Greetings from Namibia! Quite a lot has happened since your last update:
In mid-February, Blondi, along with the rest of our resident cats, underwent her annual physical exam. As part of an ongoing study of gastritis (inflammation of the stomach lining) in captive cheetahs, several gastric biopsies were taken using an endoscope. This year for the first time, staff and volunteers were able to see inside of the esophagus and stomach via the endoscopic camera using a monitor. She was also given her annual vaccines against rabies and other feline diseases and Frontline was applied to help control flies and ticks. Blondi weighed in at 41 kilograms (90.2lbs), down 2 kilograms from when she was last weighed in July. Forty-one kilograms is a little heavy for a female cheetah, which is not too surprising. While her pen mates, Sandy, Dusty, and Leia usually love to run after the lure, Blondie on the other hand would rather watch them or lie down, being admired by visitors.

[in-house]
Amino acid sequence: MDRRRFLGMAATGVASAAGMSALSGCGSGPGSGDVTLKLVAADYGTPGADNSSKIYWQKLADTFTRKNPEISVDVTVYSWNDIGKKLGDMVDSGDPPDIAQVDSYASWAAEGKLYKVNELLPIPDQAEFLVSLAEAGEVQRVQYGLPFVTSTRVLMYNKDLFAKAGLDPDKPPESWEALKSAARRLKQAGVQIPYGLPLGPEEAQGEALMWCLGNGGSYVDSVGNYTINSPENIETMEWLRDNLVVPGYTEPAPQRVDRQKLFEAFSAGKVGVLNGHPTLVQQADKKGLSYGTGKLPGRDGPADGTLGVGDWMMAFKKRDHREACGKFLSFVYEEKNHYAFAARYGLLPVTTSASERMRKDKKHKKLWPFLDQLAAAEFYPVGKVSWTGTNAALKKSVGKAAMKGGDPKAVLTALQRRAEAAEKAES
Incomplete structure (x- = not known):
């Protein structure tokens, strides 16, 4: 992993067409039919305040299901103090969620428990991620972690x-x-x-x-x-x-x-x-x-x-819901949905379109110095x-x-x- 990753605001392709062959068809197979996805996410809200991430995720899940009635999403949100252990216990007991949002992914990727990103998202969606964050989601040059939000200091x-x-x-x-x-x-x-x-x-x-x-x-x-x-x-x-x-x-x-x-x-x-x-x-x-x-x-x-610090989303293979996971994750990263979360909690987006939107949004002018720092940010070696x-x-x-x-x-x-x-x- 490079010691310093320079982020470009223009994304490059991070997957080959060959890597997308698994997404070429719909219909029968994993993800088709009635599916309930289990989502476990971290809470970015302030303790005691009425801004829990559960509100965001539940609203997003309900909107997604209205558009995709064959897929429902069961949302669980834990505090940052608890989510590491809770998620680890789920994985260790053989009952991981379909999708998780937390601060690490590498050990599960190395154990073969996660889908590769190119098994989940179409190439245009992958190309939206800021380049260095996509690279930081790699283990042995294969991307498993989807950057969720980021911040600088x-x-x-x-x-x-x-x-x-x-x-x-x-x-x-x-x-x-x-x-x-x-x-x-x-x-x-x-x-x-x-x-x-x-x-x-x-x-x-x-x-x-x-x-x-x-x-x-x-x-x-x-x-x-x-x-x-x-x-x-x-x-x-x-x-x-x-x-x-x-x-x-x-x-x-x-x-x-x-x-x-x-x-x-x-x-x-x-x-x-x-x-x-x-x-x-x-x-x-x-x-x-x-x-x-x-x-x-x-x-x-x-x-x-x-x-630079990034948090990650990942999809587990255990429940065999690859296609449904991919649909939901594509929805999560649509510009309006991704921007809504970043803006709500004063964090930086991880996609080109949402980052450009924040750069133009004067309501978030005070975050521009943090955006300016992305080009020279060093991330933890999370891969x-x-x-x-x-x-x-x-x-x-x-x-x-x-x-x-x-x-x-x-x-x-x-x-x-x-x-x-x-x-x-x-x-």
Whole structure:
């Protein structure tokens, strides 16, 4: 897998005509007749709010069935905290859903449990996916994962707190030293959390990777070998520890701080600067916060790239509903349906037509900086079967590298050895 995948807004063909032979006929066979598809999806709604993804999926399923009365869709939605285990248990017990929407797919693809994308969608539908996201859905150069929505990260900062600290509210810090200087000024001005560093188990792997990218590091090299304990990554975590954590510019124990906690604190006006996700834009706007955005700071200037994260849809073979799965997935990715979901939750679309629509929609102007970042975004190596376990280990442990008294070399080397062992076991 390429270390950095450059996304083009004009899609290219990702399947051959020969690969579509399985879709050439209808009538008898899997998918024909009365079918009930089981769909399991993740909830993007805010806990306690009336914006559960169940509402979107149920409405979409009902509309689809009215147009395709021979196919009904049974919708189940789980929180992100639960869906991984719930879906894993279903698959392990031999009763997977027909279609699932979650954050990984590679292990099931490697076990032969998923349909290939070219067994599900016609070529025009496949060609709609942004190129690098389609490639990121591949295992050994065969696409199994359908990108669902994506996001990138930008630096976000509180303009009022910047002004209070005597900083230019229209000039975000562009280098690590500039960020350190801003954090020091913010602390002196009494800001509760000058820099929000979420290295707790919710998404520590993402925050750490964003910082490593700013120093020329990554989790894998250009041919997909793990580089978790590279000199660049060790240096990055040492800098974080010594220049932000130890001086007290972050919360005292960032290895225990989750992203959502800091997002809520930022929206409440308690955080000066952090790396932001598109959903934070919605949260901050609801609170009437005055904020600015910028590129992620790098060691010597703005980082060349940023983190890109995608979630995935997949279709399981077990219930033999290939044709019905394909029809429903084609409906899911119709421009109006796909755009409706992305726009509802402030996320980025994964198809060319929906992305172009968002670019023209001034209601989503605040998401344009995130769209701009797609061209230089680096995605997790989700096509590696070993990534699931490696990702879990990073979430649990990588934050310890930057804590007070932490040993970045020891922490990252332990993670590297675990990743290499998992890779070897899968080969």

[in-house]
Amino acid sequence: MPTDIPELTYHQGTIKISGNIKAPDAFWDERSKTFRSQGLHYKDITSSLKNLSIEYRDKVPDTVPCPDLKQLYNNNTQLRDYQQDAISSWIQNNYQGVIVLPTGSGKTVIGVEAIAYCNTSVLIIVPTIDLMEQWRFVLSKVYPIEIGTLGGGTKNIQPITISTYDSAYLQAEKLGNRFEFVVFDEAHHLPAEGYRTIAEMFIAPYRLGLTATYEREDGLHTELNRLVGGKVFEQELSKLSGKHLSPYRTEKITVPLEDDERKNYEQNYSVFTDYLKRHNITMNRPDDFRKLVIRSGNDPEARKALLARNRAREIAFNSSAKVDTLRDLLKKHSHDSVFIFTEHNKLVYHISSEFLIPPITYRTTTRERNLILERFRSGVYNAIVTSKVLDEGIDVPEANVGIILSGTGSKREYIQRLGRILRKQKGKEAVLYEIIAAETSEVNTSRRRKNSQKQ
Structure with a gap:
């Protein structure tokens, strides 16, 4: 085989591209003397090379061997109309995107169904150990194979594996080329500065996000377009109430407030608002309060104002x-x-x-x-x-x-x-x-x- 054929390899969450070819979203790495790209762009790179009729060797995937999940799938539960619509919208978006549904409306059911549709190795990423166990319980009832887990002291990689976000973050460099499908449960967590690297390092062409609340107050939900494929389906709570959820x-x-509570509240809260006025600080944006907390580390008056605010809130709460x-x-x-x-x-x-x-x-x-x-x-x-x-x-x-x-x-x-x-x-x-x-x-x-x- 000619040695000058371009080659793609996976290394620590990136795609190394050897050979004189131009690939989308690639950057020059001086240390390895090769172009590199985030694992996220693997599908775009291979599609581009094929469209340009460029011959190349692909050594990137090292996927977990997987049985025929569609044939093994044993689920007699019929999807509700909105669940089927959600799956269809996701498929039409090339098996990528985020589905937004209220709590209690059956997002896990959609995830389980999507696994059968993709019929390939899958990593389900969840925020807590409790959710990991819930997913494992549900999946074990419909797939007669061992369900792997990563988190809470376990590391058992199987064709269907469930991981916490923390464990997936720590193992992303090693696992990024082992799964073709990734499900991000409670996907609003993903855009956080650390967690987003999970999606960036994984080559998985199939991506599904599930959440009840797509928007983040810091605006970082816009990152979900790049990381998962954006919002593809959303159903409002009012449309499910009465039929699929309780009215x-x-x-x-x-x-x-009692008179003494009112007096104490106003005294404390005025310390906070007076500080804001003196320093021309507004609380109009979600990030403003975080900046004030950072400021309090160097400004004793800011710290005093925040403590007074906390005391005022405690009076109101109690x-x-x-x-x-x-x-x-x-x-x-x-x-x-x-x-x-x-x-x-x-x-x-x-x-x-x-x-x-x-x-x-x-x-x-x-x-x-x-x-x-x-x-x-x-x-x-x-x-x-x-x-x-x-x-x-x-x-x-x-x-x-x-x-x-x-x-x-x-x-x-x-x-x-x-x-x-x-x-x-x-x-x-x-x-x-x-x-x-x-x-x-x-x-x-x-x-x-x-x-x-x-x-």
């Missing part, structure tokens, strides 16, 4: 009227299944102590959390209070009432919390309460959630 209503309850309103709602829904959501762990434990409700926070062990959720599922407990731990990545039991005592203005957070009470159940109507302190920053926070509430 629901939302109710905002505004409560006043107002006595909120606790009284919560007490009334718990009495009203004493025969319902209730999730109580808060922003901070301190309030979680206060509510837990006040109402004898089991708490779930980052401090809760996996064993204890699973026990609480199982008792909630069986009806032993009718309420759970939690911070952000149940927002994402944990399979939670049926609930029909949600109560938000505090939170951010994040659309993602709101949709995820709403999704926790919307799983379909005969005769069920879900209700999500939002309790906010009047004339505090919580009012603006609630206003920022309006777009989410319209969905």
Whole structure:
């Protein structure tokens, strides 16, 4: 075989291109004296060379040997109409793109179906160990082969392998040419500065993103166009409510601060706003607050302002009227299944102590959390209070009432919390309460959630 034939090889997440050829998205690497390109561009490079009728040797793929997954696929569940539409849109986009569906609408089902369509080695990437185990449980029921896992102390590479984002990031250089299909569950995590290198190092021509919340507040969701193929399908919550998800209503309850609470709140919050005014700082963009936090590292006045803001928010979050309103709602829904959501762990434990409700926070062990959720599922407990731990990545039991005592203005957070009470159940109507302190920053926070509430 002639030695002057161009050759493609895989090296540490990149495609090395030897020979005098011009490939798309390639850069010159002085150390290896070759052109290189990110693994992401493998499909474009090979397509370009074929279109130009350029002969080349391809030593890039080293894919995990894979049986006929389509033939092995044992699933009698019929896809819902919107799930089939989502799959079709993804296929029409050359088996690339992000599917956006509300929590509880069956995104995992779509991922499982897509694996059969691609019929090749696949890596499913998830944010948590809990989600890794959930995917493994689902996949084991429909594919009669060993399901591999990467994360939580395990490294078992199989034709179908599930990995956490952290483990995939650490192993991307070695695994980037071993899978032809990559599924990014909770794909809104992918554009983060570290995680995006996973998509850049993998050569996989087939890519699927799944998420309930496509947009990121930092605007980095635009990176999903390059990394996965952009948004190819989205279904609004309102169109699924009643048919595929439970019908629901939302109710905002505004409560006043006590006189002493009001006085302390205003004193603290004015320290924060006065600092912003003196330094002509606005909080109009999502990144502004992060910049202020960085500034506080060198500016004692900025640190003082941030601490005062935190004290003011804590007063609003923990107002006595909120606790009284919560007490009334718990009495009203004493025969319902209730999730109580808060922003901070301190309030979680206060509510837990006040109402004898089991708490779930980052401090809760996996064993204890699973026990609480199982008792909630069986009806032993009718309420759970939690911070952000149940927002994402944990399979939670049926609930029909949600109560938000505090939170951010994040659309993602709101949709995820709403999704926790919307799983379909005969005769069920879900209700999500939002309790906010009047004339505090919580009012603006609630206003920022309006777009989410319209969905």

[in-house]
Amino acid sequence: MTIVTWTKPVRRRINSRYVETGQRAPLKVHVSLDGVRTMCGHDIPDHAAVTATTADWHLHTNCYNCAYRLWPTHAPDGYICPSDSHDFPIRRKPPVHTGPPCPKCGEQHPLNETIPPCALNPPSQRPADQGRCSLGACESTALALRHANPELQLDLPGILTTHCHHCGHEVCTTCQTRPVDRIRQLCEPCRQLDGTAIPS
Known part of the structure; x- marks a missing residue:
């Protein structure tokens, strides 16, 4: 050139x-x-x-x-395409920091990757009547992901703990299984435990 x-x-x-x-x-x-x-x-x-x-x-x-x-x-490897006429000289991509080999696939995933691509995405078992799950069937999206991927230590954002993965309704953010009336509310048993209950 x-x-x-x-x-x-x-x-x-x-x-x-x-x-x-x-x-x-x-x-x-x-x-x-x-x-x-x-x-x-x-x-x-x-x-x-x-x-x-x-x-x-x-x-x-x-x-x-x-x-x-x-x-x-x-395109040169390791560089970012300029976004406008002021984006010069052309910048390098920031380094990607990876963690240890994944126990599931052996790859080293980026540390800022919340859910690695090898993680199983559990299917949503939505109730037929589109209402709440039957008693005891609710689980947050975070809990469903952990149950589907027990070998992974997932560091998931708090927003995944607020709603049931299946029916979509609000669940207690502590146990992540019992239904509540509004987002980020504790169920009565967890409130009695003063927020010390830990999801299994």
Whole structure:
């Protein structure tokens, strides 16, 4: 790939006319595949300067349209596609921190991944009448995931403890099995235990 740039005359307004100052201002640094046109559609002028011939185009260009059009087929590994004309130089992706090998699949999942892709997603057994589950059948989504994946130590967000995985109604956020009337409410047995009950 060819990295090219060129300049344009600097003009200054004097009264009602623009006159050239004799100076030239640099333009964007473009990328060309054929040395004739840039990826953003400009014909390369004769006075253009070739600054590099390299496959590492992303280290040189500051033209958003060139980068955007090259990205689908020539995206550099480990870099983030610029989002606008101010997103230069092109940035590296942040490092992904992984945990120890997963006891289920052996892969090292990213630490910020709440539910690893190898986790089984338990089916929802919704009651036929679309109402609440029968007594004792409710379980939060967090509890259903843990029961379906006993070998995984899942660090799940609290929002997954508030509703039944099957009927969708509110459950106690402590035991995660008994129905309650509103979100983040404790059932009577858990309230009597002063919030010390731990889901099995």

In additional to the annual physical exam and in conjunction with our ongoing research collaborations, Blondi was also chosen to be part of a study assessing renal disease in captive cheetahs. Renal disease is considered to be the leading cause of death in captive cheetahs. In a study of 29 zoos in the USA, renal disease was found in 82% of cats; in South Africa, the prevalence rate is 80%. There were three age groups: young, middle, and old; Blondie, at 7 years old, is considered middle-aged.
Blondie spends much of her time walking the fence line, occasionally flirting with Chewbaaka across the way.
Thank you again for sponsoring Blondi and we hope for your continued support in the future.